Happy Hens Farm


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Free range farming for eggs and meat located off Bangalore'Free range birds have a slightly more natural diet than those kept in
battery farms. They can eat grass and bugs in addition to their
ration. This is a more complete, natural, diet for chickens. Battery
laying hens are fed a ration that is geared towards egg production.
When you eat eggs from a free range bird you can often tell because
the yolk is darker, indicating a better diet. The birds are free from
non therapeutic antibiotics, weight inducing hormones. Natural egg productivity is maintained by not practicing false molting.

Healthier birds means healthier eggs and meat!

Better Looking, Better Tasting.

The eggs look and taste better when they come from free range birds.
The taste is evident when compared. The battery hen egg has a
pale yellow, flat, yolk, while the free range egg will have a deeper
yellow yolk that stands higher & shells are stronger and mostly tan colour.

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Happy Hens Farm

  1. 1. HAPPY HENS FARM M. Manjunath, Director, Happy Hens Farm
  2. 2. <ul><li>There is a critical relationship between animal health and animal welfare.   </li></ul><ul><li>The use of animals carries with it an ethical responsibility to ensure the welfare of such animals to the greatest extent practicable.   </li></ul><ul><li>The internationally recognised ‘five freedoms’ provide valuable guidance in animal welfare. </li></ul>WHY FREE RANGE ?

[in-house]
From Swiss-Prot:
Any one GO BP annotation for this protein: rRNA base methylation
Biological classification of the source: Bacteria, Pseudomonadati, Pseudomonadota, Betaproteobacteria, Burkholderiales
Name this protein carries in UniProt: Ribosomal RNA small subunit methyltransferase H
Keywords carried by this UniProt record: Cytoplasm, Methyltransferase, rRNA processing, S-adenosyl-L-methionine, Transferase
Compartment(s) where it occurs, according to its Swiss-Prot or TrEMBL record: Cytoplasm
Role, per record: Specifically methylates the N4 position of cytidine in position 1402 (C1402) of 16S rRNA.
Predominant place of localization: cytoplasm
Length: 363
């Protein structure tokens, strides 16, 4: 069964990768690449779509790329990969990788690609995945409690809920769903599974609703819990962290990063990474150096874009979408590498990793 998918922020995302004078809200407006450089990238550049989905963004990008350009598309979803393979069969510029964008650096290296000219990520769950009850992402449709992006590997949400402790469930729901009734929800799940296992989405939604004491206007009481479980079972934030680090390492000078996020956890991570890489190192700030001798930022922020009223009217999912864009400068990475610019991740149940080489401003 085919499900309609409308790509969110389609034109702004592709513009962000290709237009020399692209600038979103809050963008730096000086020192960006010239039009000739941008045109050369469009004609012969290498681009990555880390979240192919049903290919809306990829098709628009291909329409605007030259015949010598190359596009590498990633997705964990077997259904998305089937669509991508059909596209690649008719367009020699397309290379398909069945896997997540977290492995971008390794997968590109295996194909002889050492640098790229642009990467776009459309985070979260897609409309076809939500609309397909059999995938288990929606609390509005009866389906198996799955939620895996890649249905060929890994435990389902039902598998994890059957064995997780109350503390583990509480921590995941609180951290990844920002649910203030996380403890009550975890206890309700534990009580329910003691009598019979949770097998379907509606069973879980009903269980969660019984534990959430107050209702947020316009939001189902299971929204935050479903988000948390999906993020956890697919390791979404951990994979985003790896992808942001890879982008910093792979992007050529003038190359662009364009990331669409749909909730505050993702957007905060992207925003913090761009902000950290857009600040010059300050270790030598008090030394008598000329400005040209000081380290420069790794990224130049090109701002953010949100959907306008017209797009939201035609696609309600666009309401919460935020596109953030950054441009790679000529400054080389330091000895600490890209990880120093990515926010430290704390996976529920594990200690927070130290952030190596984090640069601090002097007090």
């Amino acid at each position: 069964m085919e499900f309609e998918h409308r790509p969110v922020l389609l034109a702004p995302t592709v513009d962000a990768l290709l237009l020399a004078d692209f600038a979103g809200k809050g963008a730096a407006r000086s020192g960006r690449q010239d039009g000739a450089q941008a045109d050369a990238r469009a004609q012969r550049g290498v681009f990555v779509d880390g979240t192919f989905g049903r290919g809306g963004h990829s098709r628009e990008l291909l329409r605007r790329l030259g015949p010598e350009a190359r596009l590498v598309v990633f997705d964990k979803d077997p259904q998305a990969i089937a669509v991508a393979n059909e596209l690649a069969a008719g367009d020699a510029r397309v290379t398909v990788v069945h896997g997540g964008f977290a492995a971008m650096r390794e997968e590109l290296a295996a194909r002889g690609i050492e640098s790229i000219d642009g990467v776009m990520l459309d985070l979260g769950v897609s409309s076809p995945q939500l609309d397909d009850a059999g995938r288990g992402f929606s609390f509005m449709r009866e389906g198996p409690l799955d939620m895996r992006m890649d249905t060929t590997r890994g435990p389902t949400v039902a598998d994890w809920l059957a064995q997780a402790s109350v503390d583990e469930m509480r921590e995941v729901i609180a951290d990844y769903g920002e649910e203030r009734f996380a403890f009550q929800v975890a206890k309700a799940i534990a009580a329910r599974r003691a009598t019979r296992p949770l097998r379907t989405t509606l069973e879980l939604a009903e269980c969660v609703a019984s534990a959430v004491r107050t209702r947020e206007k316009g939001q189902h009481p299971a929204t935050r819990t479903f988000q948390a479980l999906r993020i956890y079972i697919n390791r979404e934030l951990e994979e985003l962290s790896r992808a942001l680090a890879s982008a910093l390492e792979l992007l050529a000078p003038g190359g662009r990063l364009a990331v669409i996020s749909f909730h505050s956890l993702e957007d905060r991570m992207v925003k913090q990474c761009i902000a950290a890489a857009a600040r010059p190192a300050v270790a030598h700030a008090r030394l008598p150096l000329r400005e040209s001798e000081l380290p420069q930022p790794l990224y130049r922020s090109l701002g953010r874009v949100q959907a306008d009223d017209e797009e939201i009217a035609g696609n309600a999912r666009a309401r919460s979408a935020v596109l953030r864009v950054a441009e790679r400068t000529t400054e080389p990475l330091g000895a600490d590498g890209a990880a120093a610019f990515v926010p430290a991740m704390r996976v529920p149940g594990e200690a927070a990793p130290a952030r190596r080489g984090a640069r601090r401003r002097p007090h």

3. 3. What is wrong with Battery Cages?
  4. 9. <ul><ul><li>Freedom from Hunger and Thirst  - by ready access to fresh water and a diet to maintain full health and vigour. </li></ul></ul><ul><ul><li>Freedom from Discomfort  - by providing an appropriate environment including shelter and a comfortable resting area. </li></ul></ul><ul><ul><li>Freedom from Pain, Injury or Disease  - by prevention or rapid diagnosis and treatment. </li></ul></ul><ul><ul><li>Freedom to Express Normal Behaviour  - by providing sufficient space, proper facilities and company of the animal's own kind. </li></ul></ul><ul><ul><li>Freedom from Fear and Distress  - by ensuring conditions and treatment which avoid mental suffering. </li></ul></ul>‘ 5 Freedoms’ for birds at Happy Hens Farm
  5. 10. Freedom from Hunger and Thirst
  6. 11. Freedom from discomfort
  7. 12. Freedom from Pain, Injury or Disease
  8. 13. Freedom to Express Normal Behaviour
  9. 14. Freedom from Fear and Distress